Published: 16 January 2015

ISBN: 9781907389405


Author: Oliver Langmead
Publication date: 16 January 2015
Publisher: Unsung Stories
Reviewer: Joel Schanke 


Sometimes the journey into madness can be beautiful, in a way that confounds and awes anyone who has the pleasure of witnessing it. Metronome, by Oliver Langmead, is exemplary of this bewildering phenomenon, but in the best way I can think of—considering madness is usually something built of nightmares. Speaking of nightmares…

The story’s protagonist, William Manderlay, an elderly musician living in an old people’s home, has been having dreams that he just can’t shake. More like nightmares. During one of these dreams, he meets a Sleepwalker named March, an individual that goes from dream to dream remedying people’s nightmares. It’s here where William’s journey begins. This meeting sparks a chain of events that lead William on an adventure through a world of dreams, all to stop a troubled Sleepwalker named June from releasing a nightmare so frightening that it was locked away in a dream prison called Solomon’s Eye. The journey requires William, because a composition he recorded just so happens to be the map to the desolate and impenetrable prison that holds this nightmare June is so adamant on releasing. Coincidence? I think not.

There is so much in this story that is happening all at once, and Langmead trusts his readers to keep up. I like that in an author.  Because he knows he’s showing his story rather than telling it in a way that allows you to put the pieces together. The use of God and religion is key, but it took me awhile to realise how exactly. Remember readers, William is dreaming. The world he goes to is beautiful, full of realistic characters, but a place only he could create. What, then, is the point of the story if it is all a dream? Langmead, I believe, is deceiving us to get what he really wants to say across.

William is a war veteran, and he always had to leave home to go overseas. Because of that, he lost out on time spent with his wife and daughter. The reader can feel his regret once he explores the death of his wife, and the consequences it had on the rest of his life; a regret to do something differently in life, to wish he could change a moment so that that regret would go away forever. This is where the use of religion comes into play.

Langmead uses Thyme, a sort of guide to William, to explain that there are seven Satans all representing a different nightmare God had on his day of rest, and that one of these Satans is trapped inside the prison on Solomon’s Eye. The coincidence that there happens to be seven deadly sins (which we are more knowledgeable of) and seven Satans in this book got me thinking. William is technically dreaming, right? And what does one do when they dream? They sleep. Wouldn’t the Satan that’s trapped on Solomon’s Eye then be Sloth, one of the seven deadly sins? This revelation made sense to me because if you respect the fact that William may just be dreaming, and that everything going on is made-up, then him using a composition he wrote to find a place that is named after his music to stop June from releasing a nightmare that has so much relevance to his life is really him battling against the inevitable. But there’s no escape from the madness, from the old age that has already taken over his mind and led him into the truly dismaying syndrome known as Catatonia—the nightmare he must truly fear. After all, what is Catatonia but the ultimate form of (un)intentional sloth?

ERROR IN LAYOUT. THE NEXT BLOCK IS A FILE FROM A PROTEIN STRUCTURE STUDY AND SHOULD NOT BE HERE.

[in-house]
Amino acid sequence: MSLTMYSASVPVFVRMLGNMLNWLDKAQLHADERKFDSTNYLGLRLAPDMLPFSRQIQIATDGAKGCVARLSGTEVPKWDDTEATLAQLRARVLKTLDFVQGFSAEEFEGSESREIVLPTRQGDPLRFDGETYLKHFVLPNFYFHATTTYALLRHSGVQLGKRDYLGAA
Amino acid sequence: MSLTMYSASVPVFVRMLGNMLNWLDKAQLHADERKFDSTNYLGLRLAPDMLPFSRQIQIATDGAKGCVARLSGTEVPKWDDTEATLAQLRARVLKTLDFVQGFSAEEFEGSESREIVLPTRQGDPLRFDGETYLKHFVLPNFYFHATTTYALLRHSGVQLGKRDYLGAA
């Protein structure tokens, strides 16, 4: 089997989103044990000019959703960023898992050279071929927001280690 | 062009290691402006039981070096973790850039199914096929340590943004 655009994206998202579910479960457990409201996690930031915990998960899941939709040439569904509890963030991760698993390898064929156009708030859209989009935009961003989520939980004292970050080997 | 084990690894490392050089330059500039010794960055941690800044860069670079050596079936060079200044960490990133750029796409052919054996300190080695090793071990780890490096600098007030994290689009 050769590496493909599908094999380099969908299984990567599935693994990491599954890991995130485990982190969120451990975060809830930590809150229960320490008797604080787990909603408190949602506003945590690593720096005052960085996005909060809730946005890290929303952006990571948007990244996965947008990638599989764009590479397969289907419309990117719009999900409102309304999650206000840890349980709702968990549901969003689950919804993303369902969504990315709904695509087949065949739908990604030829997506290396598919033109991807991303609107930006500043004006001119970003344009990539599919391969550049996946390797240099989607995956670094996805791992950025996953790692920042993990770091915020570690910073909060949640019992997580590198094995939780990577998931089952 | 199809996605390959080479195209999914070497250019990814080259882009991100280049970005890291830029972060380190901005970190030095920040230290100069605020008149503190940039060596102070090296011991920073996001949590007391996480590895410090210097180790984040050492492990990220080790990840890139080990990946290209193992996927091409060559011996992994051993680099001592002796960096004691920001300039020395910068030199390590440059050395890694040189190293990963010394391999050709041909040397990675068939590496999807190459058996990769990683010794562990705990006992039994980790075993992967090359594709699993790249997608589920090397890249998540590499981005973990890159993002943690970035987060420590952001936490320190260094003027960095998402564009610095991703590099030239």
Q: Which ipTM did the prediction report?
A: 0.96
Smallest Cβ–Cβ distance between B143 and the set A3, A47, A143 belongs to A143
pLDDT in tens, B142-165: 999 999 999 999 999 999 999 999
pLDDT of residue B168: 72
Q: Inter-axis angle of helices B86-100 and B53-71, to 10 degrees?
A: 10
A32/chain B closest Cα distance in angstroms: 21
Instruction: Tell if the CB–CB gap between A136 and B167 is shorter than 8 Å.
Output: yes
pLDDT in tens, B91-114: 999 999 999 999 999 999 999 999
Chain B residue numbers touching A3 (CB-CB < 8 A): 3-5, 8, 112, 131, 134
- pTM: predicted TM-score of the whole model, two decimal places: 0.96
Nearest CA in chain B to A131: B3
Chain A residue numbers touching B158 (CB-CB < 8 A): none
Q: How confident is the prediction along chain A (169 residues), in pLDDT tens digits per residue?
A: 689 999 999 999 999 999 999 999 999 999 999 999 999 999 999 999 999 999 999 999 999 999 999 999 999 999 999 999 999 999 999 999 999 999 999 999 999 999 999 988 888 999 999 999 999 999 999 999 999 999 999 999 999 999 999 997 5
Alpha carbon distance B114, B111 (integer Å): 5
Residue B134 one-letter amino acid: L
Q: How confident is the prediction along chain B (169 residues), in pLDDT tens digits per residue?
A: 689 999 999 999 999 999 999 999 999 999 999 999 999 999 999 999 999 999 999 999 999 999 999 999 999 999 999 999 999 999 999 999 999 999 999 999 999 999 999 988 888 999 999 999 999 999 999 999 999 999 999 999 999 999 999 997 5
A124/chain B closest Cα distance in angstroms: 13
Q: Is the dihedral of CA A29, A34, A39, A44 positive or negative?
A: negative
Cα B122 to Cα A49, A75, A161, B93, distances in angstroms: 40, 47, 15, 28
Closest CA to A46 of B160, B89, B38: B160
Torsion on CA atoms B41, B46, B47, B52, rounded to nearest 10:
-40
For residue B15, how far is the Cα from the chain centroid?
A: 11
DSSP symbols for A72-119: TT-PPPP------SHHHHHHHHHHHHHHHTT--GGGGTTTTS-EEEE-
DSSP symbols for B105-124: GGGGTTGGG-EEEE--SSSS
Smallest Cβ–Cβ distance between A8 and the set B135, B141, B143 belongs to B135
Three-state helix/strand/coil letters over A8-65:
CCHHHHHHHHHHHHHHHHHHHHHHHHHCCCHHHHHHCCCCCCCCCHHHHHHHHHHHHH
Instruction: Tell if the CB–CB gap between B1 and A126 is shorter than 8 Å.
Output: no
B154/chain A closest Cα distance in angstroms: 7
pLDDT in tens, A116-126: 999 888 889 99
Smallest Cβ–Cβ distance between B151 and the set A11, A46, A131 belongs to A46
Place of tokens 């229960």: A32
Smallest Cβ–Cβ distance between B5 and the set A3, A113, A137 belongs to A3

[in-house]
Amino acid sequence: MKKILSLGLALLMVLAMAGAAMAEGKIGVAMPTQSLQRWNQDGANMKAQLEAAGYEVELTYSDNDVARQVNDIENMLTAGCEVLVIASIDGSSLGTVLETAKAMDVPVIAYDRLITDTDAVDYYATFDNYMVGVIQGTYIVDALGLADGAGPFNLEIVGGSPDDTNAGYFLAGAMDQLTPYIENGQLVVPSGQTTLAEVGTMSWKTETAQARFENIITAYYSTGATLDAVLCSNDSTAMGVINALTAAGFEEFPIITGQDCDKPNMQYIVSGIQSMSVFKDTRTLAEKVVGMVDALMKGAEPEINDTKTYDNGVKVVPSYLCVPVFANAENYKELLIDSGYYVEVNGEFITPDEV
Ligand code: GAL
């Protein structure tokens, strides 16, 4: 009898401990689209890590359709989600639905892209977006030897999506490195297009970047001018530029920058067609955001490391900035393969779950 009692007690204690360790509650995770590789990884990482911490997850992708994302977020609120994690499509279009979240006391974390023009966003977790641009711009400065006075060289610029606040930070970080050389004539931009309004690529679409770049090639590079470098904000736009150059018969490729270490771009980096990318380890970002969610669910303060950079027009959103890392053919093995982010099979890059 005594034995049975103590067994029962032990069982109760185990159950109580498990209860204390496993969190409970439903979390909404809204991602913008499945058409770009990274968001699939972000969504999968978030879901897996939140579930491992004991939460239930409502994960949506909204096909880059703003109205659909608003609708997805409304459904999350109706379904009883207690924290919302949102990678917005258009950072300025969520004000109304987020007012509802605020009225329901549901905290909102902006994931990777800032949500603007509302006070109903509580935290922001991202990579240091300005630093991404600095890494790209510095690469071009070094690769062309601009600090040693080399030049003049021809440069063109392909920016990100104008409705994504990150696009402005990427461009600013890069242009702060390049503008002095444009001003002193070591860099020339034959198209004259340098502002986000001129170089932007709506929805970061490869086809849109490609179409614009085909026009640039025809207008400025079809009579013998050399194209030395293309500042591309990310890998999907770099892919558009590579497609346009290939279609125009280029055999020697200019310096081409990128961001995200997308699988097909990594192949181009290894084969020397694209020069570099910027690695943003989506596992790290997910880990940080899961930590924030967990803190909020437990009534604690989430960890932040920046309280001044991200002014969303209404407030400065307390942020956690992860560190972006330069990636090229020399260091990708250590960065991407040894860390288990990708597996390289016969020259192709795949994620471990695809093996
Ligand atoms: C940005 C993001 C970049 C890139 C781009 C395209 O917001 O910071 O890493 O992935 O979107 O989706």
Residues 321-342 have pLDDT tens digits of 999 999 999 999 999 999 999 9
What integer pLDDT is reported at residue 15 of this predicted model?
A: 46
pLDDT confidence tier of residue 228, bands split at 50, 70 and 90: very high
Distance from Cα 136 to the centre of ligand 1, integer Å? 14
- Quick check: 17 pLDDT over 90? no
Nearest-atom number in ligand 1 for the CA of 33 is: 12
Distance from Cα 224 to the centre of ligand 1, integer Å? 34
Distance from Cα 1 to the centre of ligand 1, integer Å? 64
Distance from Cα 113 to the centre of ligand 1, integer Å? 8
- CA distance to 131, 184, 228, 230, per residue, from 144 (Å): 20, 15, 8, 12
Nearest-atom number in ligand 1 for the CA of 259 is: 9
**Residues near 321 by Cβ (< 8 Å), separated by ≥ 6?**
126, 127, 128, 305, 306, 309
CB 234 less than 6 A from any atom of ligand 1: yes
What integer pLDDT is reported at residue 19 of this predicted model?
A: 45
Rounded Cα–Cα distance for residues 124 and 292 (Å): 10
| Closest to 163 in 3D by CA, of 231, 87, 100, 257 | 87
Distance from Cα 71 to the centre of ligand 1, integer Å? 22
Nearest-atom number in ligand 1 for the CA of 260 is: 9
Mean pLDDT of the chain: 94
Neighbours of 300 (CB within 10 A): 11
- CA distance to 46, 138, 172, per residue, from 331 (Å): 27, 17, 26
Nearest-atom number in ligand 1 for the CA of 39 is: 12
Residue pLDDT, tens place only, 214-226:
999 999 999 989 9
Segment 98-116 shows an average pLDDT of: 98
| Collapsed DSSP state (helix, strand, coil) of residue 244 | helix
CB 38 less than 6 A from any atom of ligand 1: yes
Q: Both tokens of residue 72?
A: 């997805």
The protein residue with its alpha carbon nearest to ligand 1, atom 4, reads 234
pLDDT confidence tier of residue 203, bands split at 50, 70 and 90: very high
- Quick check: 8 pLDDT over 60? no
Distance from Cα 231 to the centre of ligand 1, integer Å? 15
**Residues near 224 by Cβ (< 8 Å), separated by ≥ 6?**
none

If you consider all of that and relate it to the rest of the book, Langmead’s message becomes quite clear: do what you truly believe you won’t regret. In William’s case, his regret led him to the point of no return, to a distant memory that caused him to forget everything else going on in the real world.

For the depth and absolute profound nature of this book, I don’t have many bad things to say about it. Probably the only issue I had with this novel was that, if William was truly only dreaming, then were characters we met in the dream—like Callister, Captain Reid, and March—real? Or, were they figments of William’s imagination and past meant to lead him to his madness? I believe it’s the latter, but it’s a question we don’t really get a definite answer on, which I can understand being frustrating for some readers. Either way they were strong, believable characters, so that’s a plus for me.

In conclusion, I loved this book and recommend it to anyone who wants a book that doesn’t give you all the answers but allows you to figure them out for yourself. The scenery is beautiful and perfectly described for a dream world, the use of imagery to relate certain people and objects back to William’s past is unmatched (for example, the Metronome, the skyship used to sail to Solomon’s Eye), the characters have depth, and the dream is written like a dream: time feels as if it’s speeding up or slowing down, environments change, people appear and disappear, etc.

In this novel, dreams play to the beat of a metronome—tick too slowly and you’ll only get so far. But tick too fast and you are bound to lose more than just your timing.